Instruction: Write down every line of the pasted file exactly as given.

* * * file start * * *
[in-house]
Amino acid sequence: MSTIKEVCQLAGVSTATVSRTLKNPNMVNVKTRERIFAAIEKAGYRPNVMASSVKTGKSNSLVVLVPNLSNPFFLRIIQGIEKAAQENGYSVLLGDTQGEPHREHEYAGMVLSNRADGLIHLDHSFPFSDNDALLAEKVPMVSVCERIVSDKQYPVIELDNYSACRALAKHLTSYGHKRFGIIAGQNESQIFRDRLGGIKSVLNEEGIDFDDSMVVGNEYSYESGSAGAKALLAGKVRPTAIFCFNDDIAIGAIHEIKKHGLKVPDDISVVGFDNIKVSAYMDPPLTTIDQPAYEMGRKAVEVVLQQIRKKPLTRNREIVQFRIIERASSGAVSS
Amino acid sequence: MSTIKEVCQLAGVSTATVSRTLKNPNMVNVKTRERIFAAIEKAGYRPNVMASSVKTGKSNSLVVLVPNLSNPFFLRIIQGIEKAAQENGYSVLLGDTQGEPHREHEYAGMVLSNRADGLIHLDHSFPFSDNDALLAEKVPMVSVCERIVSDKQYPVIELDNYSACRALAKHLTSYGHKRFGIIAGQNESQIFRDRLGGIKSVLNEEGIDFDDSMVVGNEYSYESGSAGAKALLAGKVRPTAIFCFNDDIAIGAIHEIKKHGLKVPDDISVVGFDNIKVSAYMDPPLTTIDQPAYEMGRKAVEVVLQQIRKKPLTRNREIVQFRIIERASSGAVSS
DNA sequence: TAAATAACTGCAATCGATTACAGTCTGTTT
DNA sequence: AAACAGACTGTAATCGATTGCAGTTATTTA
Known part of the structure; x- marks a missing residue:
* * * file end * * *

[in-house]
Amino acid sequence: MSTIKEVCQLAGVSTATVSRTLKNPNMVNVKTRERIFAAIEKAGYRPNVMASSVKTGKSNSLVVLVPNLSNPFFLRIIQGIEKAAQENGYSVLLGDTQGEPHREHEYAGMVLSNRADGLIHLDHSFPFSDNDALLAEKVPMVSVCERIVSDKQYPVIELDNYSACRALAKHLTSYGHKRFGIIAGQNESQIFRDRLGGIKSVLNEEGIDFDDSMVVGNEYSYESGSAGAKALLAGKVRPTAIFCFNDDIAIGAIHEIKKHGLKVPDDISVVGFDNIKVSAYMDPPLTTIDQPAYEMGRKAVEVVLQQIRKKPLTRNREIVQFRIIERASSGAVSS
Amino acid sequence: MSTIKEVCQLAGVSTATVSRTLKNPNMVNVKTRERIFAAIEKAGYRPNVMASSVKTGKSNSLVVLVPNLSNPFFLRIIQGIEKAAQENGYSVLLGDTQGEPHREHEYAGMVLSNRADGLIHLDHSFPFSDNDALLAEKVPMVSVCERIVSDKQYPVIELDNYSACRALAKHLTSYGHKRFGIIAGQNESQIFRDRLGGIKSVLNEEGIDFDDSMVVGNEYSYESGSAGAKALLAGKVRPTAIFCFNDDIAIGAIHEIKKHGLKVPDDISVVGFDNIKVSAYMDPPLTTIDQPAYEMGRKAVEVVLQQIRKKPLTRNREIVQFRIIERASSGAVSS
DNA sequence: TAAATAACTGCAATCGATTACAGTCTGTTT
DNA sequence: AAACAGACTGTAATCGATTGCAGTTATTTA
Known part of the structure; x- marks a missing residue: